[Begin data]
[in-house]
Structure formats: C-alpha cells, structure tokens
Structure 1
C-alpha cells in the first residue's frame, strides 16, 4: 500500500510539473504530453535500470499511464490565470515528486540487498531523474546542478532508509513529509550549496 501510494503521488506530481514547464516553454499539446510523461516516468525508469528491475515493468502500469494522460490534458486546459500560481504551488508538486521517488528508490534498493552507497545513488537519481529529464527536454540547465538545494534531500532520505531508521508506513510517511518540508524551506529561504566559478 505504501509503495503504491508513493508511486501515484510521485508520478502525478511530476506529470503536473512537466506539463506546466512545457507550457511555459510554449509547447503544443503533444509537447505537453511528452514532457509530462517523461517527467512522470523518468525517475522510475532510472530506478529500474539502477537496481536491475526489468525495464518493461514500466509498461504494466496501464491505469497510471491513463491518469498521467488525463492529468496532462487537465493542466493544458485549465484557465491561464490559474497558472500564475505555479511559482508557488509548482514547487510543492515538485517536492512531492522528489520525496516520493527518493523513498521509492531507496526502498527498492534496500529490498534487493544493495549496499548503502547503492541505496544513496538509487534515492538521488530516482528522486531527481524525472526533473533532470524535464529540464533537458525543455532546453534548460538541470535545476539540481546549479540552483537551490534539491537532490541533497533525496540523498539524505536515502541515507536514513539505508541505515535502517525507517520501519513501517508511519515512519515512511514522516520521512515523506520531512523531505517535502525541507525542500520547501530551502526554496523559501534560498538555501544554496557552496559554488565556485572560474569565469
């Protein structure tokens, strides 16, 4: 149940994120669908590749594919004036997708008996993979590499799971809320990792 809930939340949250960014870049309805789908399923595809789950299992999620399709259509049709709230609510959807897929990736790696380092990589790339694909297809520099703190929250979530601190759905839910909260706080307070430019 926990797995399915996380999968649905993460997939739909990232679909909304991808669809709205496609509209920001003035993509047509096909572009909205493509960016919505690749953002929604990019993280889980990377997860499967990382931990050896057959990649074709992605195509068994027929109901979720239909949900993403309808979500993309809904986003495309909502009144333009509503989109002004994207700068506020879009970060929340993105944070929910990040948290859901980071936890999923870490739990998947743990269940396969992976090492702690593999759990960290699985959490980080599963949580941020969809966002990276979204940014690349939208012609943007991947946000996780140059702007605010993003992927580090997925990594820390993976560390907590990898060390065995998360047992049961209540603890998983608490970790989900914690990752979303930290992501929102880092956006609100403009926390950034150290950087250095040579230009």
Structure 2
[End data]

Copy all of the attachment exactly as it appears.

[in-house]
Structure formats: C-alpha cells, structure tokens
Structure 1
C-alpha cells in the first residue's frame, strides 16, 4: 500500500510539473504530453535500470499511464490565470515528486540487498531523474546542478532508509513529509550549496 501510494503521488506530481514547464516553454499539446510523461516516468525508469528491475515493468502500469494522460490534458486546459500560481504551488508538486521517488528508490534498493552507497545513488537519481529529464527536454540547465538545494534531500532520505531508521508506513510517511518540508524551506529561504566559478 505504501509503495503504491508513493508511486501515484510521485508520478502525478511530476506529470503536473512537466506539463506546466512545457507550457511555459510554449509547447503544443503533444509537447505537453511528452514532457509530462517523461517527467512522470523518468525517475522510475532510472530506478529500474539502477537496481536491475526489468525495464518493461514500466509498461504494466496501464491505469497510471491513463491518469498521467488525463492529468496532462487537465493542466493544458485549465484557465491561464490559474497558472500564475505555479511559482508557488509548482514547487510543492515538485517536492512531492522528489520525496516520493527518493523513498521509492531507496526502498527498492534496500529490498534487493544493495549496499548503502547503492541505496544513496538509487534515492538521488530516482528522486531527481524525472526533473533532470524535464529540464533537458525543455532546453534548460538541470535545476539540481546549479540552483537551490534539491537532490541533497533525496540523498539524505536515502541515507536514513539505508541505515535502517525507517520501519513501517508511519515512519515512511514522516520521512515523506520531512523531505517535502525541507525542500520547501530551502526554496523559501534560498538555501544554496557552496559554488565556485572560474569565469
């Protein structure tokens, strides 16, 4: 149940994120669908590749594919004036997708008996993979590499799971809320990792 809930939340949250960014870049309805789908399923595809789950299992999620399709259509049709709230609510959807897929990736790696380092990589790339694909297809520099703190929250979530601190759905839910909260706080307070430019 926990797995399915996380999968649905993460997939739909990232679909909304991808669809709205496609509209920001003035993509047509096909572009909205493509960016919505690749953002929604990019993280889980990377997860499967990382931990050896057959990649074709992605195509068994027929109901979720239909949900993403309808979500993309809904986003495309909502009144333009509503989109002004994207700068506020879009970060929340993105944070929910990040948290859901980071936890999923870490739990998947743990269940396969992976090492702690593999759990960290699985959490980080599963949580941020969809966002990276979204940014690349939208012609943007991947946000996780140059702007605010993003992927580090997925990594820390993976560390907590990898060390065995998360047992049961209540603890998983608490970790989900914690990752979303930290992501929102880092956006609100403009926390950034150290950087250095040579230009």
Structure 2